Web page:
This blog is mainly about the governance and future of policing and crime services. (Police & Crime Commissioners feature quite a lot.) But there are also posts about the wider justice system. And because I am town councillor and political activist, local & national issues are covered a little, as well.

Saturday, March 8, 2014

Be happy, be safe: International Women's Day

I would like use this short blog to highlight the progress of women within the policing services around the world

There is a useful and interesting study from Queensland, Australia: The police role: studies of male and female police (1996). This is research from nearly 20 years ago. Here are a few choice quotes:
  • Many observers believe that men and women bring to policing differences in attitude, values and perceptions that influence the way they do their work...
  • Taken together, these studies reveal that few differences between males and females, predicted on the basis of sex role stereotypes actually exist between men and women in the Queensland Police Service
  • Differences between males and females that did emerge are more likely to reflect pressures existing within the male dominated culture of policing. This is particularly so, for example, in the case of communication between suoeriors and subordinates where the superior officer is female, in the erosion of authority held by superior female officers and in the way in which superior female abilities, such as the ability to respond to and identify the emotional content of messages sent by others can be eroded by role demands.
  • The entrenched machismo culture of policing has been identified time and again as instrumental in maintaining attitudes which are cynical, sexist, racist and corrupt.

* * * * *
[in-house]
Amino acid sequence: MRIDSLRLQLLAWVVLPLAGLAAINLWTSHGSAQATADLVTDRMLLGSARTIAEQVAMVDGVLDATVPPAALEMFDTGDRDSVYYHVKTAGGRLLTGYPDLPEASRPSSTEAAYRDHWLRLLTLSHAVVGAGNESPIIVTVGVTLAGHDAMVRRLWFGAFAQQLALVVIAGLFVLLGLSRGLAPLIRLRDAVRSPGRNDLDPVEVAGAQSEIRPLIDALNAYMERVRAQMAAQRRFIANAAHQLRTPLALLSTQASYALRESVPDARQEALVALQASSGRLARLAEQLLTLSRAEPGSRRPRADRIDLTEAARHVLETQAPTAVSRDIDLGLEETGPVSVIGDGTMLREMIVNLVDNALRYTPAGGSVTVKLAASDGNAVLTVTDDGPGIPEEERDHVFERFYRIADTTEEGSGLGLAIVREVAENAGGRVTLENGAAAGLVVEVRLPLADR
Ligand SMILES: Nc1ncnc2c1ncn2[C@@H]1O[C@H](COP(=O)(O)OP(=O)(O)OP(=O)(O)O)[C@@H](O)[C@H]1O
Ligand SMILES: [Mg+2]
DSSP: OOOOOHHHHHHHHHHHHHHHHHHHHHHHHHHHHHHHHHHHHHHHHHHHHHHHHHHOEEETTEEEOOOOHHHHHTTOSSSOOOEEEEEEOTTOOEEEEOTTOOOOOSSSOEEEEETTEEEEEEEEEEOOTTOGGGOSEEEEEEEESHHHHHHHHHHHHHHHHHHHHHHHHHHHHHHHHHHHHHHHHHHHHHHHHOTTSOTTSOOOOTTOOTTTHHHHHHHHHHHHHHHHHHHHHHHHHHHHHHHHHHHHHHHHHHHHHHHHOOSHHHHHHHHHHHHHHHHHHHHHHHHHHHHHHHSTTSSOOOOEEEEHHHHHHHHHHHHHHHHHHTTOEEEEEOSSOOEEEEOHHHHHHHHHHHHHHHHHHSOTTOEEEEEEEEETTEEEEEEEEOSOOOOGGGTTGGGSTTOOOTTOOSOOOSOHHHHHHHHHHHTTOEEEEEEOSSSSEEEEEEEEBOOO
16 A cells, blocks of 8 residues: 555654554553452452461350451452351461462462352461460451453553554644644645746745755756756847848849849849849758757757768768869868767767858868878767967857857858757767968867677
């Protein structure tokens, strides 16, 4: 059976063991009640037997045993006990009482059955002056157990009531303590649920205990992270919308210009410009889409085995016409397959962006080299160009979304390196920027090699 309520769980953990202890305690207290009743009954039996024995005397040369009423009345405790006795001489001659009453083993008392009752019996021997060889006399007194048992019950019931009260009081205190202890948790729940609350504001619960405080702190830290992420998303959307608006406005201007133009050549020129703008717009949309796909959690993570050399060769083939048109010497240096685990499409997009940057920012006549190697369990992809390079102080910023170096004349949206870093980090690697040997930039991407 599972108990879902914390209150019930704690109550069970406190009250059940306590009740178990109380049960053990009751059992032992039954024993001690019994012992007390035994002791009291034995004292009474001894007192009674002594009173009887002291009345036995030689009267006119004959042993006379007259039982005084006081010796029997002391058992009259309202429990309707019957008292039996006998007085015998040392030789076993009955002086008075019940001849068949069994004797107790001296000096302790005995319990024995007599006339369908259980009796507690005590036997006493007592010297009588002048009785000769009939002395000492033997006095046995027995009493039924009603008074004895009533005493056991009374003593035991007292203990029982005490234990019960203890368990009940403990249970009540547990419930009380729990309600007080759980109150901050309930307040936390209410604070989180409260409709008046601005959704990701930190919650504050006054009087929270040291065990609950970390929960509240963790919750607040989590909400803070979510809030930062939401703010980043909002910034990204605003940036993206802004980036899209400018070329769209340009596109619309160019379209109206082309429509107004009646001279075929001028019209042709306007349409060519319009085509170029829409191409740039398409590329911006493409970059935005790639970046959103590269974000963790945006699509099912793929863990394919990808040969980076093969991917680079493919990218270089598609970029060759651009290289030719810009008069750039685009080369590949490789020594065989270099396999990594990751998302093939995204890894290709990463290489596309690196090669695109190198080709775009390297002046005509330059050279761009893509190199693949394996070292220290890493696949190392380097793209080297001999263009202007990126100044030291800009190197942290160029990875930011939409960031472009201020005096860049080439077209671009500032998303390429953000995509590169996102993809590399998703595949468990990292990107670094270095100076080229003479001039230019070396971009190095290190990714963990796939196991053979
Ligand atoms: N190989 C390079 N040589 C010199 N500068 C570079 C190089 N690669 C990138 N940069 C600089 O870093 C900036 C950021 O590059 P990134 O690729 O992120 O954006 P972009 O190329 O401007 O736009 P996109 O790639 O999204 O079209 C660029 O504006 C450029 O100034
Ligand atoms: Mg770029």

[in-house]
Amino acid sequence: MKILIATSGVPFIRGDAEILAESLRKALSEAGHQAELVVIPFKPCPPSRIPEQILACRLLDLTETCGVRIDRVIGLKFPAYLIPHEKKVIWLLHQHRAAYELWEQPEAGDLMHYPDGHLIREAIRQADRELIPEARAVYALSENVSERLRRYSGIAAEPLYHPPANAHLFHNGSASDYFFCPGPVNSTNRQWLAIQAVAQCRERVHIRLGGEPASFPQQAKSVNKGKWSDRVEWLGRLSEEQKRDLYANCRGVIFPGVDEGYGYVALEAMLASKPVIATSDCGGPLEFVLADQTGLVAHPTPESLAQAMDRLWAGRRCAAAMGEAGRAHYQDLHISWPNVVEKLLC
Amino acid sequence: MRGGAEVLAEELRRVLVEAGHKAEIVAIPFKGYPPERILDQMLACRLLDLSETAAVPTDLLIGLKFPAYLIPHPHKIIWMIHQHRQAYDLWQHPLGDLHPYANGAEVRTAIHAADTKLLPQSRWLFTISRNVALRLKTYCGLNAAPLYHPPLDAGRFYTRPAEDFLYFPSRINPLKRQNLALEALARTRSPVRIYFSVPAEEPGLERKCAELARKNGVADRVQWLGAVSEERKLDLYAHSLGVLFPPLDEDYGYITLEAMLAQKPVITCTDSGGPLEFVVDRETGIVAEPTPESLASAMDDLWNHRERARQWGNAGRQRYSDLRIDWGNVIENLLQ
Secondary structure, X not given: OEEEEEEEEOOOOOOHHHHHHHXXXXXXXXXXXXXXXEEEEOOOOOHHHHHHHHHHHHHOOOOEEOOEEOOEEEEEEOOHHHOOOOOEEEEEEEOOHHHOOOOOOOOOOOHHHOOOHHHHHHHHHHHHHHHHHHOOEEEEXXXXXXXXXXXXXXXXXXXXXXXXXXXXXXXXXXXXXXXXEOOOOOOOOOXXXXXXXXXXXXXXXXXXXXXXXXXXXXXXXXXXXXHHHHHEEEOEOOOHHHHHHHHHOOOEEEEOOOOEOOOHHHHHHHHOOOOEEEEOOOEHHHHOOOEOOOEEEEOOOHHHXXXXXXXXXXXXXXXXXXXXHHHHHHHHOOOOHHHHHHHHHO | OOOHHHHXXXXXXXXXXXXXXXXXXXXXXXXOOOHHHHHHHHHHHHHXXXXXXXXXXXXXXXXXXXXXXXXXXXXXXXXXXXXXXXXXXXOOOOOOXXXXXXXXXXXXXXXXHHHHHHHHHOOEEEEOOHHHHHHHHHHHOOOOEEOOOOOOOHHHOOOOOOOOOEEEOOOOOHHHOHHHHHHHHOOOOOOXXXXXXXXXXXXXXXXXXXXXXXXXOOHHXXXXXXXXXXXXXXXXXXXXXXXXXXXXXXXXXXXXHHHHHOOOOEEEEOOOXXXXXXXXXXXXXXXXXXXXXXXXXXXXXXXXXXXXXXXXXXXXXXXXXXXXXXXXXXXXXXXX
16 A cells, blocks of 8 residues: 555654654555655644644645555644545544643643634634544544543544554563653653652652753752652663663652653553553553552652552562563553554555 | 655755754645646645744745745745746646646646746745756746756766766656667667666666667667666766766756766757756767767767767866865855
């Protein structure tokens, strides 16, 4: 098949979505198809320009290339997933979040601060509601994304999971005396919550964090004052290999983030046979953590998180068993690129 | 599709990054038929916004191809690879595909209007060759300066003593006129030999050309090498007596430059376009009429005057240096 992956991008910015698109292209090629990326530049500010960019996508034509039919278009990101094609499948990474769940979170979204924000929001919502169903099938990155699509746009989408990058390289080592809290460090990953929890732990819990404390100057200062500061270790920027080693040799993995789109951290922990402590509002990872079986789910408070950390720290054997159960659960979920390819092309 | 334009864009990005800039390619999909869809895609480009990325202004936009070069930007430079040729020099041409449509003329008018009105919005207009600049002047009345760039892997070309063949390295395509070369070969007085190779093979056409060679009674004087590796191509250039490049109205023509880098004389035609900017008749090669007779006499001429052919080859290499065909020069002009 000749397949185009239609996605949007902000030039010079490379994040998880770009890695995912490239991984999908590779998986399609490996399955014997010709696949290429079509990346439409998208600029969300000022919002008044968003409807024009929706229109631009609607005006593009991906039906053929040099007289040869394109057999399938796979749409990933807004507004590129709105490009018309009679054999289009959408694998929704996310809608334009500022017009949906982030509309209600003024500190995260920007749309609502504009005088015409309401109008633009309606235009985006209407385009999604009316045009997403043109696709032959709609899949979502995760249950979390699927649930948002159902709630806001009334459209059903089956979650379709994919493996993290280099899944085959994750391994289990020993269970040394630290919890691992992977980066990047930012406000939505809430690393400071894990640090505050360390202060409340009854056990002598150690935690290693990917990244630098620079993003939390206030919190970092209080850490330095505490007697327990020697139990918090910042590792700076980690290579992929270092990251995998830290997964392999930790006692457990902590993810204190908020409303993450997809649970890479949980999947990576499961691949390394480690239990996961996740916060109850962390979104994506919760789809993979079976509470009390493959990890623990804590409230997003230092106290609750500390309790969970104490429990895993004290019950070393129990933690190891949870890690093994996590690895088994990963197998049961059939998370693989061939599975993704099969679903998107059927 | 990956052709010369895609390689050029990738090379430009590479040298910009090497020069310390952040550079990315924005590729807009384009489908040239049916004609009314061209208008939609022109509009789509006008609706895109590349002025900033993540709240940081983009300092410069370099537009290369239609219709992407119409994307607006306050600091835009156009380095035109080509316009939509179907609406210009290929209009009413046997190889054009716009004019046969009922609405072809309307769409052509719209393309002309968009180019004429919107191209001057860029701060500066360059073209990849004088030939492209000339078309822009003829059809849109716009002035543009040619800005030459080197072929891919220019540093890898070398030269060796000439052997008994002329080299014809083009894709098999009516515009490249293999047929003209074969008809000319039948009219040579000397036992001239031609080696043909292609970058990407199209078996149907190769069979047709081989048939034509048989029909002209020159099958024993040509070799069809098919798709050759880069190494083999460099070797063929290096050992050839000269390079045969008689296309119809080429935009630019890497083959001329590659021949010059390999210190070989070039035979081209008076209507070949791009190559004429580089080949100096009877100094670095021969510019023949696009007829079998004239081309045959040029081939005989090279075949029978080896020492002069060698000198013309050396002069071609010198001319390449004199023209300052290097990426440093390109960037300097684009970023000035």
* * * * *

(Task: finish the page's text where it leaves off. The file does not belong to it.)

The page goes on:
Contrast this with a study from last year: The status of women police officers: An international review. Here are some selected quotes:
  • On current projections, any prospect of numerical gender equity appears to have been lost, with the overall proportion of sworn female officers likely to plateau around 30%, at best, in many departments over the next decade.
  • Research shows that police supervisors have a key discretionary role in supporting or undermining flexible employment options. However, there are also indications that many women police who take up the option of maternity leave often elect not to return to work
  • Despite a strong case for much greater female participation in policing, basic data on women’s progress are often lacking, and there is an apparent large gap in many departments between positive gender policies and less-than-optimal integration strategies. 
  • Despite this relatively gloomy picture, available data indicate enormous improvements in the status of women police in numerous departments in the past few decades. 
It would appear that there has been some good progress, internationally, but there is still a long (long) way to go overall.

The question remains: what more needs to be done to ensure that the UK police services achieve the optimal blend and balance of women & men - officers and staff? 

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